Goldstein made his Broadway debut in 1980 as the costume designer of the short-lived Charles Strouse musical Charlie and Algernon. He went on to design such shows as Tintypes, the acclaimed Lincoln Center Theater revival of The Most Happy Fella, and such Tony-winning plays as Terrence McNally's Love! Valour! Compassion!, David Auburn's Proof and Richard Greenberg's Take Me Out.
Goldstein was Tony-nominated for his work in the Al Pacino revival of The Merchant of Venice, Henry IV and The Rivals, earning his first Tony Award for the latter. His designs were also featured in Martin Short: Fame Becomes Me, The Apple Tree with Kristin Chenoweth, Newsies, Glengarry Glen Ross with Pacino, Mothers and Sons with Tyne Daly and the long-running hit Jersey Boys.
Born in New York City and raised in suburban New Jersey, I was lucky enough to start seeing Broadway shows as a teenager in the 1960s, and those big classic musicals like Hello, Dolly!, Funny Girl, Oliver, Fiddler on the Roof and Cabaret were undoubtedly an influence on me as a future costume designer before I even quite understood what the job entailed. But before Broadway matinees became a Saturday afternoon treat, I was a child fascinated by the old movies from the 1930s to the 1950s that I watched on the TV in our den. Back then I had no idea I'd become a costume designer, but in retrospect, I realize I was often more taken by the costuming than any other aspect of those films.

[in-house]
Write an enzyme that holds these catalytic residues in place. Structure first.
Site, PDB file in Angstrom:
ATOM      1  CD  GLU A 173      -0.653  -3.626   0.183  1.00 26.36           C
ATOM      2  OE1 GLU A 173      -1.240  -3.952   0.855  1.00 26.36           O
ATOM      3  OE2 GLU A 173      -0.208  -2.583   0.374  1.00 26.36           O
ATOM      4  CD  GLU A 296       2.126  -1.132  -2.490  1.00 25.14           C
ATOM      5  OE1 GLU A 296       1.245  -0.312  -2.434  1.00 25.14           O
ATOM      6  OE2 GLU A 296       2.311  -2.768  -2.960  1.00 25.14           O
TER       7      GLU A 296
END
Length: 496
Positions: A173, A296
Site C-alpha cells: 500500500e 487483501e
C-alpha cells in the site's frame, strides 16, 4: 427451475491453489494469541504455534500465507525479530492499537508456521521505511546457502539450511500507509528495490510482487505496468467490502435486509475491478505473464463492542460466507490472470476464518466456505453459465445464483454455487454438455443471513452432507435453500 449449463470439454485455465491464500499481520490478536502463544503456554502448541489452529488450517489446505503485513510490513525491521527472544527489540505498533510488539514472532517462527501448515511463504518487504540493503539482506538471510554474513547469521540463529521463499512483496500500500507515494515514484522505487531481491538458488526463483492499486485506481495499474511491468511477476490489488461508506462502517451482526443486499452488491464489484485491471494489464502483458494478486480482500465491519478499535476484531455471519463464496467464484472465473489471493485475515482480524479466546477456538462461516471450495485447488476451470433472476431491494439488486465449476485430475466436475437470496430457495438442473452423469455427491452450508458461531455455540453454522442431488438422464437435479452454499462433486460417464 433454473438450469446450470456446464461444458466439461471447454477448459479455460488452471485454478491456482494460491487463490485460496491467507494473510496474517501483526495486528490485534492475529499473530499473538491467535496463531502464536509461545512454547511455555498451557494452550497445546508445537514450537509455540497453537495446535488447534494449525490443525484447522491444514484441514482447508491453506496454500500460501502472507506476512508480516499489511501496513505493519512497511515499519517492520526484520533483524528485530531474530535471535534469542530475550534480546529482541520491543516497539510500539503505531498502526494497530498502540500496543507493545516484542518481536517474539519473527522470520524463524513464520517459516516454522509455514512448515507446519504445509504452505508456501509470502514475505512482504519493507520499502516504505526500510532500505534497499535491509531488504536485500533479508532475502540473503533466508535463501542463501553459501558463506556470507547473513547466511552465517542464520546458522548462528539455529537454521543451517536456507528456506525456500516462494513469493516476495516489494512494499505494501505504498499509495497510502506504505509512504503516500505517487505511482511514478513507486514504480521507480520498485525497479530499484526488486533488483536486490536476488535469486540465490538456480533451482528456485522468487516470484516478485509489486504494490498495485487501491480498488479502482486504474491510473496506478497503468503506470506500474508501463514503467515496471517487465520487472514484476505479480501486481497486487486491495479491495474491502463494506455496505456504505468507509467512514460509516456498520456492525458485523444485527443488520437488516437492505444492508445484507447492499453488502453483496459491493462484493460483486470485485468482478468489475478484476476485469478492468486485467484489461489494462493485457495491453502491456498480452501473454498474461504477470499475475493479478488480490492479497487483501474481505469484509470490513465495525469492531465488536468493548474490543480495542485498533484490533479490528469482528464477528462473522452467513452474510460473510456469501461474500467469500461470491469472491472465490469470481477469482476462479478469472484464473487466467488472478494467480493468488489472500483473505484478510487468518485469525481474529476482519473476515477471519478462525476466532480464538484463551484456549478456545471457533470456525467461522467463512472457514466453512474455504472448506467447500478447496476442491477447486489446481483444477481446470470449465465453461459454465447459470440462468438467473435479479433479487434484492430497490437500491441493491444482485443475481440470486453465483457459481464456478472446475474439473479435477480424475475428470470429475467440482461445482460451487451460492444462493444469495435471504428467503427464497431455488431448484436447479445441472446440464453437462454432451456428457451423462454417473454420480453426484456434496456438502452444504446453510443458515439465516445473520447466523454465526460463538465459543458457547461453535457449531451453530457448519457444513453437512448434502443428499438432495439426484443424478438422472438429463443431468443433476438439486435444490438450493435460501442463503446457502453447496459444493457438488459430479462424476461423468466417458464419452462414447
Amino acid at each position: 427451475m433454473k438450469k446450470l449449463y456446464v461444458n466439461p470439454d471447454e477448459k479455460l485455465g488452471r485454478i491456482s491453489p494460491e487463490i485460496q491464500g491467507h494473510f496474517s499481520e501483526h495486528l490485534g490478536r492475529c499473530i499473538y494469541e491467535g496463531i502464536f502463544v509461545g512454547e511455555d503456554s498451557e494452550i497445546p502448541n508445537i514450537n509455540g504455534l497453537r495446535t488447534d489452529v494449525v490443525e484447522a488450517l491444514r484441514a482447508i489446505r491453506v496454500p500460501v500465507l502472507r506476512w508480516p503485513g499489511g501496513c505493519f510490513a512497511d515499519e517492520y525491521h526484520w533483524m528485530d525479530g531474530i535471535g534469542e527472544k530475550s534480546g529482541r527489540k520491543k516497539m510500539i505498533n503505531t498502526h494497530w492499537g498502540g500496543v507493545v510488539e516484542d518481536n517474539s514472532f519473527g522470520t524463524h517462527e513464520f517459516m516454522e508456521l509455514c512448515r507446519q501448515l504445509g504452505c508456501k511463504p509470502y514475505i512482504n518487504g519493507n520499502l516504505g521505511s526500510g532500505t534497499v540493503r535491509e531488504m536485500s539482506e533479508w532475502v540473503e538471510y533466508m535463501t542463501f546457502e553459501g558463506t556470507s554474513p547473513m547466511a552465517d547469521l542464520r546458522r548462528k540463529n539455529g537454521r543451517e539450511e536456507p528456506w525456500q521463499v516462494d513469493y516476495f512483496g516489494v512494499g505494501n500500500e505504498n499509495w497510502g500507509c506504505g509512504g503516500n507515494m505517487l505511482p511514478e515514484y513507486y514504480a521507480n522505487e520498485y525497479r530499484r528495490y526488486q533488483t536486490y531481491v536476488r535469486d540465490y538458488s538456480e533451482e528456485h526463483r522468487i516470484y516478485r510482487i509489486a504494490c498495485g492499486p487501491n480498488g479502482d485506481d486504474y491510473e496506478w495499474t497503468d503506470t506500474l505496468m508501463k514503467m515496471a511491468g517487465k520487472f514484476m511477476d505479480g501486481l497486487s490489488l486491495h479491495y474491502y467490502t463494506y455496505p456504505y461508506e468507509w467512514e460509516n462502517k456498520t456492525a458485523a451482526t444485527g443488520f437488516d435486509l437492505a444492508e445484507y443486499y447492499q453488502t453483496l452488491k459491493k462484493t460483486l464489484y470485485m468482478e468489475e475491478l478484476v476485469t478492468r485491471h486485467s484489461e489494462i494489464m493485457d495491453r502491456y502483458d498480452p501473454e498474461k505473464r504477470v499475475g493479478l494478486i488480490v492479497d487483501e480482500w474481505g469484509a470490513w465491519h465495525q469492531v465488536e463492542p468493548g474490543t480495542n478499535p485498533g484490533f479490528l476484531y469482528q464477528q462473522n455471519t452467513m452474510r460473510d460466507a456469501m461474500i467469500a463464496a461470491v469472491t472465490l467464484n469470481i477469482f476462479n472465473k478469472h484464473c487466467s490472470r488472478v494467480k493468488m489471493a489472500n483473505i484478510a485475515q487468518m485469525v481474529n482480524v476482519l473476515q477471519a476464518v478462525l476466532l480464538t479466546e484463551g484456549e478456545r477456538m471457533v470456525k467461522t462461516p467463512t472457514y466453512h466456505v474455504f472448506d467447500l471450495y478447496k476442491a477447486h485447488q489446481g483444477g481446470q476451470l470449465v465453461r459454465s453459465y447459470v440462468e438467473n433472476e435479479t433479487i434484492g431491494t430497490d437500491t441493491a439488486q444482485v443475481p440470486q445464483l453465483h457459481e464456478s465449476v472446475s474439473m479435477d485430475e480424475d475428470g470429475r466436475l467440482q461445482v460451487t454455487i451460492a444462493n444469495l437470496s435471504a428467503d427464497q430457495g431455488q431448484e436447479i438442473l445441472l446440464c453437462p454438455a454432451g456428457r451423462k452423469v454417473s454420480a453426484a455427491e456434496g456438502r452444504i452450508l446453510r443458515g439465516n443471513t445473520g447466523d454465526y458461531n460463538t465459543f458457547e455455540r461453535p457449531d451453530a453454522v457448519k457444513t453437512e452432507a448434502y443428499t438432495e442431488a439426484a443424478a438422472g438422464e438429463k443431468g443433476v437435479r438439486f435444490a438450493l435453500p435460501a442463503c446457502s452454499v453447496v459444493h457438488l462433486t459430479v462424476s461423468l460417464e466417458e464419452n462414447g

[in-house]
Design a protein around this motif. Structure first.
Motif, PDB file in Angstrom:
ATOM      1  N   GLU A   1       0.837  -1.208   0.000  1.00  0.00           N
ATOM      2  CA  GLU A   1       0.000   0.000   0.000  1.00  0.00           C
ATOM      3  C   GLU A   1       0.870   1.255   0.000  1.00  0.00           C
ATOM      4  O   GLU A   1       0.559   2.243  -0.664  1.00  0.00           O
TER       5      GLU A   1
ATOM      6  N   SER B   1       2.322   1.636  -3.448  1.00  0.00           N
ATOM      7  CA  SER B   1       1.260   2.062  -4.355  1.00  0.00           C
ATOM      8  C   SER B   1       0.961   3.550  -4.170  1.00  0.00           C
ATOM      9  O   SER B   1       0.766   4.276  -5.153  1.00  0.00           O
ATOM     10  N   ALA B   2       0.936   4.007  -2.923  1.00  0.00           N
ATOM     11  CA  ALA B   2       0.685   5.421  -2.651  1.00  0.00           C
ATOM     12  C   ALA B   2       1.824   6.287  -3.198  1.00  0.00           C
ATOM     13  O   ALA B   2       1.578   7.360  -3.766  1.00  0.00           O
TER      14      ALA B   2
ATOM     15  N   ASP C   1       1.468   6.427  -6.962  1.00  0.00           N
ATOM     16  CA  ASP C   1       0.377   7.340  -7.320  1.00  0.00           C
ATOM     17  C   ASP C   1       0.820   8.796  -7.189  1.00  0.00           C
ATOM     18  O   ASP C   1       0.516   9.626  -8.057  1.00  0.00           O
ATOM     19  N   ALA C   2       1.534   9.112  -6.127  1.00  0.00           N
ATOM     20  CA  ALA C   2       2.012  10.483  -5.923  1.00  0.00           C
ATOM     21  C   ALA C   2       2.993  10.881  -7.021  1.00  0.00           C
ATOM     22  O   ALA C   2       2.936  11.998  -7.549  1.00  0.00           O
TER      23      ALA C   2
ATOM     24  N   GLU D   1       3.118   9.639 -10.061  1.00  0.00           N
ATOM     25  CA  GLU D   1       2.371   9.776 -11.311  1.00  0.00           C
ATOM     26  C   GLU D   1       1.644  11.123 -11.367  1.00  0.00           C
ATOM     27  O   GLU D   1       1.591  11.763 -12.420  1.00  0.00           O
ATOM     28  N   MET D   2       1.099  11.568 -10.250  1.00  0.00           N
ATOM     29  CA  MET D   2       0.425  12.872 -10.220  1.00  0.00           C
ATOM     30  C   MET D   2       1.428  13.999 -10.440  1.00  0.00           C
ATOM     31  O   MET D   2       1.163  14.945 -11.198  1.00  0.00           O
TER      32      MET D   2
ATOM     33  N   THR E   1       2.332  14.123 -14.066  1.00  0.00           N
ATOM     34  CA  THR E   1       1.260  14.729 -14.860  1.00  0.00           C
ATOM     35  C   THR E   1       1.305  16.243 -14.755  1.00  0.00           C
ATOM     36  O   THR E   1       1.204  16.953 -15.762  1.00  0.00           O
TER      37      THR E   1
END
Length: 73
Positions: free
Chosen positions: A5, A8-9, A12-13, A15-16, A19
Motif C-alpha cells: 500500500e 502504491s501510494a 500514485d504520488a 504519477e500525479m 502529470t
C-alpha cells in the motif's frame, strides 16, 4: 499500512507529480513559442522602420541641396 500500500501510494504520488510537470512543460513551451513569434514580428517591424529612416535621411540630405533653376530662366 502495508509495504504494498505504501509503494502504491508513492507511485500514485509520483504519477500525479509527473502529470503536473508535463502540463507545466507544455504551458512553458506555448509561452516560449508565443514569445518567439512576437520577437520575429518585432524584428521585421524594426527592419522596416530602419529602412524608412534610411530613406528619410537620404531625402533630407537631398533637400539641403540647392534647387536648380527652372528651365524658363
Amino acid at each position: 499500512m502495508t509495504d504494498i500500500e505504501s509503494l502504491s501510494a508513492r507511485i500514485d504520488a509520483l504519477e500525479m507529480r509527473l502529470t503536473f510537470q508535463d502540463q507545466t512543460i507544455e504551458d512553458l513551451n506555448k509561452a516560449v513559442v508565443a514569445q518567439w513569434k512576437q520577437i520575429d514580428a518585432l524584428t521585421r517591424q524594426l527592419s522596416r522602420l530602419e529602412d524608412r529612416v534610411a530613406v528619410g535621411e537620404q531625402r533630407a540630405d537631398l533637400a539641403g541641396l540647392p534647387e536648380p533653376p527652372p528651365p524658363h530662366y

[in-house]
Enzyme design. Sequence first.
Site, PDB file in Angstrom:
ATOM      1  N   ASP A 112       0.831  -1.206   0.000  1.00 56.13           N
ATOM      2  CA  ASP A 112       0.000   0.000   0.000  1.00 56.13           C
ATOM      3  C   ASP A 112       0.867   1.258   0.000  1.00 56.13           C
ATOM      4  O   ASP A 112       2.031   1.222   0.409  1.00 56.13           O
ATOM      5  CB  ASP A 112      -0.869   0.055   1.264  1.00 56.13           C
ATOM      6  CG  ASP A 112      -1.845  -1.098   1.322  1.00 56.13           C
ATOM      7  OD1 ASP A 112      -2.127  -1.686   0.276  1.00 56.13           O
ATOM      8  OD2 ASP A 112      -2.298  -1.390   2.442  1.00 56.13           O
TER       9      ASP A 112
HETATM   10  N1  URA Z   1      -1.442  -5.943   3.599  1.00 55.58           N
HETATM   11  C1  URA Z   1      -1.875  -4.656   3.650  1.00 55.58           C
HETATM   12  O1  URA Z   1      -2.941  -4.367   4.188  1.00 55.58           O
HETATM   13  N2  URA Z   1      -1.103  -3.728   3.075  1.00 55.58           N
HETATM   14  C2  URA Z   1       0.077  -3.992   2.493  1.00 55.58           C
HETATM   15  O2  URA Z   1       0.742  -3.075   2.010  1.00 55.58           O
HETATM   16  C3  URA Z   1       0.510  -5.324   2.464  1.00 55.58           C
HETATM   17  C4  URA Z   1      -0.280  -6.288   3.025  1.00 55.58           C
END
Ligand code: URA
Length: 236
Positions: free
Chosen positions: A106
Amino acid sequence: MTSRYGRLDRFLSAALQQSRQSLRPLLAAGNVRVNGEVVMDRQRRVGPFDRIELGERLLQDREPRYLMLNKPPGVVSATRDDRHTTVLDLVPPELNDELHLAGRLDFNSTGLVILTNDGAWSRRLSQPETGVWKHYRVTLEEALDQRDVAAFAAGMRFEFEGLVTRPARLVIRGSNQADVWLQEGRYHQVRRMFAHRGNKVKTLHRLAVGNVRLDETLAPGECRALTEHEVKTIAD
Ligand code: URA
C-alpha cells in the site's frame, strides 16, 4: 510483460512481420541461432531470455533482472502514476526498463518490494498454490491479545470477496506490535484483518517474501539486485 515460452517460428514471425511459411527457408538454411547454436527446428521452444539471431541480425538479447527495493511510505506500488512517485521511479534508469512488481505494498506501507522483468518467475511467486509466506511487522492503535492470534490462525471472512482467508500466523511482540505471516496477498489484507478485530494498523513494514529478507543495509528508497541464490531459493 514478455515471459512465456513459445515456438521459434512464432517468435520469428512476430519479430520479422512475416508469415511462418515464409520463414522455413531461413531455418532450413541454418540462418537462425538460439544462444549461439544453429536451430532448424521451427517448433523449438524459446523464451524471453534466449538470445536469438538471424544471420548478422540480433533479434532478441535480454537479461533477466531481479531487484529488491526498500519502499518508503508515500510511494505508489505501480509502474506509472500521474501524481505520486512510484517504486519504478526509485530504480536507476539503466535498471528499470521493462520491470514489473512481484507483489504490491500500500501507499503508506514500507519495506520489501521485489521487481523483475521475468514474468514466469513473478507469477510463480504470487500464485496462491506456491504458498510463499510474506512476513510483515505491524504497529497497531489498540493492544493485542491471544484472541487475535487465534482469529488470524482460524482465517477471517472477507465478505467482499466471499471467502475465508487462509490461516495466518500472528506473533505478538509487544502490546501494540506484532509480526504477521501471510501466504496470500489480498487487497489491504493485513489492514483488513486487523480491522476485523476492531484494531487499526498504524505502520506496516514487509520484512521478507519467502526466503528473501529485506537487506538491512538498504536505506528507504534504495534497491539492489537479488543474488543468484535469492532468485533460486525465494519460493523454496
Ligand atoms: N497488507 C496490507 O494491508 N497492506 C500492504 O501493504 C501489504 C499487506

So in no particular order, here are some examples of iconic Hollywood costuming that inspired me to become a costume designer.
Click through to read Goldstein's selections:
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